Welcome to the North Mymms History Project

A growing historical resource of almost 200 books, features, and documents. Feel free to use the comment box beneath any item to add information - you may need to disable any ad blocker software to reveal. Suggestions and content ideas are always welcome.

Hawkshead Bridge cottages

Oil Painting 9” x 6”   Label on back reads “Folly Lane” Potters Bar from M.C.A. Dec.25 1909  Image from the Peter Miller Collection
Oil Painting 9” x 6” 
Label on back reads “Folly Lane” Potters Bar from M.C.A. Dec.25 1909
Image from the Peter Miller Collection

The oil painting above is dated 1909, and is believed to be the only known image of a pair of cottages that once stood on the south side of Hawkshead Lane to the east of the railway line next to where Hawkshead Bridge is today.

North Mymms WWII defences

How the parish prepared for invasion


Photograph of the type-24 pillbox in the grounds of Queenswood School, North Mymms Image courtesy of Dr Wendy Bird, Archivist at Queenswood School
The type-24 pillbox in the grounds of Queenswood School, North Mymms
Image courtesy of Dr Wendy Bird, Archivist at Queenswood School

Local wartime archeology mapped


North Mymms is rich in WWII history. The Outer London Defence Ring, set up to deter an invasion on the capital, runs through the south-east of the parish. Close to that line, and scattered elsewhere throughout North Mymms, are items of wartime archeological importance in the form of pillboxes, tank traps, gun emplacements, a Tett turret, and anti-tank trenches.

The North Mymms History Project has attempted to map these historical sites as a permanent record of how the parish was fortified for the 1939 to 1945 war. An interactive map is embedded at the foot of this feature.

New light on Gobions

Find reveals previously unrecorded local history



A chance sighting of a familiar North Mymms landmark on an old map in Oxford’s Bodleian Library led researcher Anne Rowe to uncover some previously unrecorded history about the former gardens at Gobions. An 18th century map that featured the estate had been wrongly catalogued. Anne’s find led her and historian Tom Williamson to piece together a fascinating insight into the gardens that once adorned the North Mymms estate. Anne and Tom have given the North Mymms History Project permission to reproduce their research on this site.

Booth tomb North Mymms parish church

North Mymms Notes - No 13


Photograph of The Grade II listed Booth tomb at St Mary's Church, North Mymms - August 2018 Image by the North Mymms History Project released under Creative Commons BY-NC-SA 4.0
The Grade II listed Booth tomb at St Mary's Church, North Mymms - August 2018
Image by the North Mymms History Project
Released under Creative Commons BY-NC-SA 4.0

In August 2018 work was completed on the restoration of a Grade II listed tomb in the churchyard at St Mary's church, North Mymms..

The tomb, known locally as the Booth tomb, is the burial place of Mary Booth who died in 1807, and her husband Frederick Booth who died in 1831.

Local historian and photographer Mike Allen has been researching the history of the tomb in his North Mymms Notes series.

Folly Arch through the ages

Tracing the history of the North Mymms landmark


Folly Arch  c1920  Note the ivy growth on south elevation Image from the Peter Miller Collection
Folly Arch  c1920  Note the ivy growth on south elevation
Image from the Peter Miller Collection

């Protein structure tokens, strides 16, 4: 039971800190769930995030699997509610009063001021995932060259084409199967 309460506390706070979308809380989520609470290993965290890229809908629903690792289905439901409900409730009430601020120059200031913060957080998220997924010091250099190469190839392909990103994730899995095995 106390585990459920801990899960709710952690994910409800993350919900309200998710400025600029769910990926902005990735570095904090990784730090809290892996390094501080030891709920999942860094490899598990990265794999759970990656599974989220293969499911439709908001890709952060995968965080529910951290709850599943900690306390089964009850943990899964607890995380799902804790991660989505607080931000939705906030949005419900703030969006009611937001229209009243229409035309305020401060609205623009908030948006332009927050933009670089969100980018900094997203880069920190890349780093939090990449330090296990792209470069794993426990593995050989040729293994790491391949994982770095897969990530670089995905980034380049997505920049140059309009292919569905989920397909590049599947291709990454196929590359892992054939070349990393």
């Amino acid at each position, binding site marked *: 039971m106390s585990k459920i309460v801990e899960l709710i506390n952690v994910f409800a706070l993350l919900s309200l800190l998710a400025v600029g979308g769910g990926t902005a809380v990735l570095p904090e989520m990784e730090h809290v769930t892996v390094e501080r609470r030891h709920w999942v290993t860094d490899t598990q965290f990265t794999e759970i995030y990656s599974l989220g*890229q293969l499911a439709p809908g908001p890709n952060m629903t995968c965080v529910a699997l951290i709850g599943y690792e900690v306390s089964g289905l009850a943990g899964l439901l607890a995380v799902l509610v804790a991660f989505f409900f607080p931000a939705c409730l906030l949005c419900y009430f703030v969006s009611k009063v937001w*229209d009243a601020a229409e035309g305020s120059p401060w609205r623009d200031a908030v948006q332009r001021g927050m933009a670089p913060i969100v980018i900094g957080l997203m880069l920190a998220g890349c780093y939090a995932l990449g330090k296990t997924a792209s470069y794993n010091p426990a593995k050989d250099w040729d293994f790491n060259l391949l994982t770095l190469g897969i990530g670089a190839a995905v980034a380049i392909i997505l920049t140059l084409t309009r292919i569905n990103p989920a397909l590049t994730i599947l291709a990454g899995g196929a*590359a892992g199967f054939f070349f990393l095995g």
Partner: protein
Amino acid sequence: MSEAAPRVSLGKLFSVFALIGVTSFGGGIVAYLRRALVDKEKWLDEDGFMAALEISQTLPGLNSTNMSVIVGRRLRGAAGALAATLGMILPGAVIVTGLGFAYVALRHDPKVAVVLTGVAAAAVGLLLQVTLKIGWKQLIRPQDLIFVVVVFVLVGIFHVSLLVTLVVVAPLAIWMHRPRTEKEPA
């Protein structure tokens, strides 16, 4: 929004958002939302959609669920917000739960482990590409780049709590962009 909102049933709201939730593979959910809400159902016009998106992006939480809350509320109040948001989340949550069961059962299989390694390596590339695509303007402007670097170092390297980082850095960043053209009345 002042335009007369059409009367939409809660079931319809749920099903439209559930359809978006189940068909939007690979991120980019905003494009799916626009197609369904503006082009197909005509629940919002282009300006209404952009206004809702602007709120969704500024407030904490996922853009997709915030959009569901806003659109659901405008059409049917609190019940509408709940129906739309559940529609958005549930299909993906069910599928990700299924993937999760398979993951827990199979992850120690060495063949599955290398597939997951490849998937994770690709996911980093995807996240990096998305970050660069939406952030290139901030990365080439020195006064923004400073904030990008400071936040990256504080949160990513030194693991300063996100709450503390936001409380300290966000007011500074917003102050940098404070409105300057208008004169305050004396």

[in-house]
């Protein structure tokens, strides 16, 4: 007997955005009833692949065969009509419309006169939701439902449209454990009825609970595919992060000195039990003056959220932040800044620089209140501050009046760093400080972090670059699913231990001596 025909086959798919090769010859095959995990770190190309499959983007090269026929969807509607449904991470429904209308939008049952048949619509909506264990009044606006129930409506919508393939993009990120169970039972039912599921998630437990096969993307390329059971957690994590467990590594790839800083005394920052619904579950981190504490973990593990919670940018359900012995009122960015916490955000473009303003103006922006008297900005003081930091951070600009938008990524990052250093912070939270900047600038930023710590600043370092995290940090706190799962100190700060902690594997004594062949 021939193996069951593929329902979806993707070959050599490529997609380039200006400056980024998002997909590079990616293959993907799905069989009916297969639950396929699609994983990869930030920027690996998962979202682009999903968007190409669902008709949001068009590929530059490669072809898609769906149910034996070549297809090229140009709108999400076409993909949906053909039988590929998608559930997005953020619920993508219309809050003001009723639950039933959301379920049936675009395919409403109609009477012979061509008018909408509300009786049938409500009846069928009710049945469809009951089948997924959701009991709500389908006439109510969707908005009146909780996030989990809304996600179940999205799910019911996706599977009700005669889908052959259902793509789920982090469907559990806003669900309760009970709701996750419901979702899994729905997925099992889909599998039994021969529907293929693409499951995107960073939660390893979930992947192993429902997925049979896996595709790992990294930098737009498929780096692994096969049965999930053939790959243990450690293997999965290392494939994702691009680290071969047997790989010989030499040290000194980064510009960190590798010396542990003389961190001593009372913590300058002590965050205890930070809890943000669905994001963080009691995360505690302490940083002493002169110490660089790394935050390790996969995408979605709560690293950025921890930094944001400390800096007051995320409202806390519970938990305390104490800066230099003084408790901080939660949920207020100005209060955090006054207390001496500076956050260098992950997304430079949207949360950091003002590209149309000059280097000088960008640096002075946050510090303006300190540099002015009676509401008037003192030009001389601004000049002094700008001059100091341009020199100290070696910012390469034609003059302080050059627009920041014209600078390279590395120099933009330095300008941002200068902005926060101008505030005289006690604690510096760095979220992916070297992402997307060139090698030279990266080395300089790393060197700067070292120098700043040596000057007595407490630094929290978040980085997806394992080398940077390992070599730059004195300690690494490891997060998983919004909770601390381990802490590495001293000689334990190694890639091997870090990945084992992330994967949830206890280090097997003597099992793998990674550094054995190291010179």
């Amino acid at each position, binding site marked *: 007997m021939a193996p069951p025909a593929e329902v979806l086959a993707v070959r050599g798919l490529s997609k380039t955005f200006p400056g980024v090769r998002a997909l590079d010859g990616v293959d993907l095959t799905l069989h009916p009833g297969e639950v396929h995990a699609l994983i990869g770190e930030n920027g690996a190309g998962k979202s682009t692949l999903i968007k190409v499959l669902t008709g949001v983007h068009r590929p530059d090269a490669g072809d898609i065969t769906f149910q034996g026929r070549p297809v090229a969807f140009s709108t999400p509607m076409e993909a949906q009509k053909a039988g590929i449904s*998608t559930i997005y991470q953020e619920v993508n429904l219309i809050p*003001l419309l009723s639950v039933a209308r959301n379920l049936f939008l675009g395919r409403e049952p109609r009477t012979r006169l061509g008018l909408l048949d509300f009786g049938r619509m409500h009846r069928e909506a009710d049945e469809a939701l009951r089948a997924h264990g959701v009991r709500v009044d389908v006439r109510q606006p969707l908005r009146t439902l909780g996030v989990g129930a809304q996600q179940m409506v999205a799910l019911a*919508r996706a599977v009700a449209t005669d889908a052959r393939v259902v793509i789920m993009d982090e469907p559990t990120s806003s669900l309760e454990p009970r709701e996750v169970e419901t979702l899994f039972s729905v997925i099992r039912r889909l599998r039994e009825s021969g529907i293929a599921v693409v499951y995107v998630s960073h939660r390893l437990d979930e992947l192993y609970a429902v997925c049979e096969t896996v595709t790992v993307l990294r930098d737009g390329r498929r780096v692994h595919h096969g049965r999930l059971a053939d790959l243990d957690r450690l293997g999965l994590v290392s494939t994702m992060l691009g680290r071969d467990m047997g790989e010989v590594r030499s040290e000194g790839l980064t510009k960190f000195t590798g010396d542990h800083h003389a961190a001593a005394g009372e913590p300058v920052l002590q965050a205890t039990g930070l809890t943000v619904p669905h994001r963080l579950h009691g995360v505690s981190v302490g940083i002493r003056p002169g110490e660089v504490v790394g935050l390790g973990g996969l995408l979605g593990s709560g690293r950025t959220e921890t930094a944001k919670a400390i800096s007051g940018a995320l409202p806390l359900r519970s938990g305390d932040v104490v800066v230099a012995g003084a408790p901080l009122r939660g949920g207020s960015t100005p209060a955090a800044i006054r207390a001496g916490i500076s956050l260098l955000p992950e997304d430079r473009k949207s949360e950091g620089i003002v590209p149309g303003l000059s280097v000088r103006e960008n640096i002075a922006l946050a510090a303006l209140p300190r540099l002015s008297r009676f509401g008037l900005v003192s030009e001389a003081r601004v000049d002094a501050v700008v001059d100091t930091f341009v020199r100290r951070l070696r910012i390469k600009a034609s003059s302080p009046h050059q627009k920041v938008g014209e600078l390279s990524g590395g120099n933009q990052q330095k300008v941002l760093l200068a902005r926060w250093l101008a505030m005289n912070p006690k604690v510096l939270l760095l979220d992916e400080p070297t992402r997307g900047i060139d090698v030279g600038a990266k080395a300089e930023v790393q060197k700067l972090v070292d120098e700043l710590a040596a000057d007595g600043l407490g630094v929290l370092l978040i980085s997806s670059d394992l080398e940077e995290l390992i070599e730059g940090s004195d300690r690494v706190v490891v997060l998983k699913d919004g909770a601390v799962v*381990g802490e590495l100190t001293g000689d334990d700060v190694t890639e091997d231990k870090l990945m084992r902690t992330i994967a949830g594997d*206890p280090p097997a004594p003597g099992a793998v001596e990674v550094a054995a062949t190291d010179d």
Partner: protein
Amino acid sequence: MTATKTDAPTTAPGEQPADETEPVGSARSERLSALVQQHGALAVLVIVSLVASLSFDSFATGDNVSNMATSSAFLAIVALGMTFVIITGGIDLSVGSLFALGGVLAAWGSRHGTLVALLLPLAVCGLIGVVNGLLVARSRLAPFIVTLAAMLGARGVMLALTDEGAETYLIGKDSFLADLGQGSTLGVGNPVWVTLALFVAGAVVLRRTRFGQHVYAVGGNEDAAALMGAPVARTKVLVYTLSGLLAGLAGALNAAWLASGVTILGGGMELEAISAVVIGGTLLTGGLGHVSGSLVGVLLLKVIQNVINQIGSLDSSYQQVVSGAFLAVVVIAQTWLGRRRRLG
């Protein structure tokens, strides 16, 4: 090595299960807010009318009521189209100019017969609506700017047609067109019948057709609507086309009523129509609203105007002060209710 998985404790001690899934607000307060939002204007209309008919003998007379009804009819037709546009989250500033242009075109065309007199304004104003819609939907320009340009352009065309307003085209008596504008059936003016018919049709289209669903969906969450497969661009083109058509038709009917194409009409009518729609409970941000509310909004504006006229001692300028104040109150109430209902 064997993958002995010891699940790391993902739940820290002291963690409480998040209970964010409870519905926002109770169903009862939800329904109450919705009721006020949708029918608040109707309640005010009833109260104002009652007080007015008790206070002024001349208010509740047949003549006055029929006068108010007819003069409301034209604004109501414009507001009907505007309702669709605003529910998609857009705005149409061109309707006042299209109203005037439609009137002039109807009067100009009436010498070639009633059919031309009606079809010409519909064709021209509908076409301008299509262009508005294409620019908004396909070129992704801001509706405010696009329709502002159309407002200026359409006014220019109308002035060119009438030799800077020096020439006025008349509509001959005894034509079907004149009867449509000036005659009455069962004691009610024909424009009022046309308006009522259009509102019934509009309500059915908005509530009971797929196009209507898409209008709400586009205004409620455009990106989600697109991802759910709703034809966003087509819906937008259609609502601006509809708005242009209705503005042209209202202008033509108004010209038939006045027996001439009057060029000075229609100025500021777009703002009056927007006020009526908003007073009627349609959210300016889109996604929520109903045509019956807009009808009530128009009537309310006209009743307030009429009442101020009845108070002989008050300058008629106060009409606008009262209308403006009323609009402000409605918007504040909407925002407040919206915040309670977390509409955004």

Folly Arch has stood as a prominent North Mymms landmark since the first half of the 18th century. Local historian and archivist Peter Miller has been researching the history of the Grade II* listed structure and its eventful journey to the present day.

Marshmoor train derailment 1946

"Troublesome" section known to railworkers


Marshmoor train derailment 1946 -  Image from the Peter Miller Collection
Image from the Peter Miller Collection

At 10.35pm on Sunday 10 November 1946 a London-bound express train derailed about 200 yards south of the Dixons Hill Road bridge, Welham Green.


The train had left Newcastle at 4.45pm on its way to King's Cross. It was made up of 12 carriages hauled by a type V.2 class engine and was travelling at about 55 mph.

The entire train derailed, apart from the leading wheels of the engine.

North Mymms fatal train derailment Boxing Day 1870

Eight dead, including two local women


Great Northern Railways Stirling 4-2-2 1001, introduced in 1870 Image courtesy of Tony Hisgett from Birmingham released under CC BY 2.0
Great Northern Railways Stirling 4-2-2 1001, introduced in 1870
Image courtesy of Tony Hisgett from Birmingham released under CC BY 2.0

On a frosty Boxing Day evening in 1870 a wheel on a north-bound train travelling through North Mymms fractured sending carriages down the embankment at the Marshmoor railway crossing near Welham Green.

Eight people died on that cold evening, including two local women - sisters-in-law - who were walking close to the line. Three people were injured.

Mysterious death of a Victorian railway lad

The short life of a North Mymms teenager



Had it not been for the curiosity of a four year old boy, walking with his dad through the churchyard of St Mary's North Mymms, this story may have never been told.

But the inquisitive mind of the child, who wanted to know what was written on the headstones and the stories behind those buried in the graves, resulted in a father and son research project that uncovered a moving and tragic story of Victorian life and death.

This feature about the short life of railway worker Herbert George Town, from Marshmoor, was written by David Lister with this help of his son. It was first published in the April 2002 edition of the St Mary's church magazine.